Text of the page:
Sign Painting as Art or Commerce?
John Downer weighs in on the role of the trade
Before the advent of cheap vinyl lettering and the sign departments at FedEx Office, there were professional sign painters. Show cards, banners, window gilding, and giant advertisements on the sides of buildings were painted by craftspeople with an innate understanding of letters and letterforms. John Downer was, and still is, one of those people with decades of experience and hard-earned skills.
To try your own hand at the craft, Typographics is running two workshops with Downer this month: Sign Painting from Monday–Thursday, June 13–16, and then Half-Full-Bevel-Mock from Monday–Tuesday, June 20–21.
If you have ever met John Downer, you would likely remember him. He is opinionated, strong willed, and eager to share his thoughts on anything lettering-related. With a direct and candid style of delivery and critique, he cannot be accused of lacking passion for his craft. John has been a professional sign painter and type designer for more than 30 years, starting with a sign painting apprenticeship in 1969 after 3 years of brush lettering education in public school. He became a journeyman sign painter in 1973 and received his first commission to design a commercial text typeface in 1983. You may not have seen his signs advertising potatoes or meat, but you might know typefaces that he has designed including Brothers, Roxy, and Iowan Old Style.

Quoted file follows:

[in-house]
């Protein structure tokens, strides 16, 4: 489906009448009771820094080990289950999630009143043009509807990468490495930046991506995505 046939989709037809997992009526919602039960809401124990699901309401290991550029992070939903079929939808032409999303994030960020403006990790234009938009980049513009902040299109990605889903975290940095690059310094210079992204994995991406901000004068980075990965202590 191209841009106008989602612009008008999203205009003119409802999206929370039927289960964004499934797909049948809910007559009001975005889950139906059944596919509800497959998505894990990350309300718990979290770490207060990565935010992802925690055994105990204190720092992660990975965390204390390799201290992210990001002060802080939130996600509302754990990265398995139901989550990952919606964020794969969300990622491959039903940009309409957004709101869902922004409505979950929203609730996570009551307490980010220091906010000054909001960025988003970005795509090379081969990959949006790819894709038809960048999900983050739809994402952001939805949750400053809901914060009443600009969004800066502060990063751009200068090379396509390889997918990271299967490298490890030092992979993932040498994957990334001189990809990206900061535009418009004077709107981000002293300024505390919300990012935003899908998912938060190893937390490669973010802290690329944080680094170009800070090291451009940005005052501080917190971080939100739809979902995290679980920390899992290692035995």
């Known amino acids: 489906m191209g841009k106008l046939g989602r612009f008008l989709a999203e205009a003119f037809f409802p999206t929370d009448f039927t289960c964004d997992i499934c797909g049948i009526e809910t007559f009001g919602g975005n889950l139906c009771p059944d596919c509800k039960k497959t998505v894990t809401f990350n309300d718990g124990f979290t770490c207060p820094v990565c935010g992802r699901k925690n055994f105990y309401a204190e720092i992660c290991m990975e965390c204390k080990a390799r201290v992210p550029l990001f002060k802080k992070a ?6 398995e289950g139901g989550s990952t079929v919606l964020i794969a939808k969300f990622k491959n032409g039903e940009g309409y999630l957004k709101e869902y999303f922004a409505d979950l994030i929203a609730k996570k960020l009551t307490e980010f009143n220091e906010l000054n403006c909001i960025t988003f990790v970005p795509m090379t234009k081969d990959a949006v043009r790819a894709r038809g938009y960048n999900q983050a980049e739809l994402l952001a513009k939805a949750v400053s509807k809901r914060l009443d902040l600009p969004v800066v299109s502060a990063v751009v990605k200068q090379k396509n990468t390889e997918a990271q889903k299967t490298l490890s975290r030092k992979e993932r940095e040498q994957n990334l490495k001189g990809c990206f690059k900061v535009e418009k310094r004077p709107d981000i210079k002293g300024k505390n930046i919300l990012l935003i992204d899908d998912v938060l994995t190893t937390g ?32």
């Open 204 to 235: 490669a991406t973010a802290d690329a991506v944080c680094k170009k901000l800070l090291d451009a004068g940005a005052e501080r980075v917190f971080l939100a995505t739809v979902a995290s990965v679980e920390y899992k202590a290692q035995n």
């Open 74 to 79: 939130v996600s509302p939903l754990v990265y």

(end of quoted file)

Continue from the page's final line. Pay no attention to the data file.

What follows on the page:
Hand-painted signage shows the artistic skill of lettering but Downer is adamant that his skills are not art and are exercised only in the service of commerce. He states, “It is a production process. We are simply tradespeople doing our job — we are not ‘artistes’. It is distinct from purely academic pursuits in that it only serves business and not society. We are simply trying to sell goods”.
Downer compares the contrasting views of sign painting as commerce versus art like so:
It’s the difference between a lowbrow display ad in a newspaper and a Titian painting — there is a big difference. As sign painters, we are basically scribes. We are not part of a contrived, fanciful, imaginary Post-modern art movement. Andy Warhol tried to span the gap and turn product illustration into art. But, to me, a soup can is a soup can.
This is not to say that Downer’s work is without artistic measure or skill. His ability to render letterforms from memory without reference is impressive and shows his years of experience. He strongly believes that, “sign painters who learned in the 1970s or before are a different breed than those who did not. Today, self-taught sign painters tend to commit a lot of rookie errors. They are now middle-aged and cannot go back and fix the bad habits they picked up in their early years. As wannabe teachers, they are even worse because they unwittingly preach poor technique. Some of these people are frauds … like witch doctors pretending they have earned their MDs”.
Along with being a type designer, Downer keeps busy with sign painting and teaching sign painting workshops. Additionally, he spends a few weeks of the year in the Pacific Northwest, occasionally painting window signs for weekly specials at his family’s grocery store in Ocean Park, Washington. The store is considered the oldest continuously-running retail business in the state of Washington, which helps reinforce his opinion about sign painting: “Art?! No! It’s just an ad!”